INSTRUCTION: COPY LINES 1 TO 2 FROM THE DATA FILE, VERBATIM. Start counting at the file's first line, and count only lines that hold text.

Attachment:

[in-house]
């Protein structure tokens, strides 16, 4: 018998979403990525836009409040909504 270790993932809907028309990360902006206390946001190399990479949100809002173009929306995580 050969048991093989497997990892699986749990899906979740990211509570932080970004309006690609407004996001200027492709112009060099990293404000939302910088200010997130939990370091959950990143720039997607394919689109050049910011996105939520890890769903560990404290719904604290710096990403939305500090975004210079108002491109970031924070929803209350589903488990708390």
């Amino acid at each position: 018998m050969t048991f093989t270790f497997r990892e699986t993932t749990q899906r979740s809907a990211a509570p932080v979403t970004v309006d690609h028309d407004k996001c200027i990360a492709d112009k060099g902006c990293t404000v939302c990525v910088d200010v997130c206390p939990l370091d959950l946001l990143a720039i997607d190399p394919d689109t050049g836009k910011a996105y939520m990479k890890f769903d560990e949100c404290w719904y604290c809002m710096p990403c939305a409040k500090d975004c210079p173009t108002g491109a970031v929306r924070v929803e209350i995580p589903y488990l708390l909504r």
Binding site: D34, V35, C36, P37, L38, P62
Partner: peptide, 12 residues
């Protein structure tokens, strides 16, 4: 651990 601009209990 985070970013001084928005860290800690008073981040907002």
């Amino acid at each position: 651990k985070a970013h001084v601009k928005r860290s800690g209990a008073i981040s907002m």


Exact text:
[in-house]
């Protein structure tokens, strides 16, 4: 018998979403990525836009409040909504 270790993932809907028309990360902006206390946001190399990479949100809002173009929306995580 050969048991093989497997990892699986749990899906979740990211509570932080970004309006690609407004996001200027492709112009060099990293404000939302910088200010997130939990370091959950990143720039997607394919689109050049910011996105939520890890769903560990404290719904604290710096990403939305500090975004210079108002491109970031924070929803209350589903488990708390």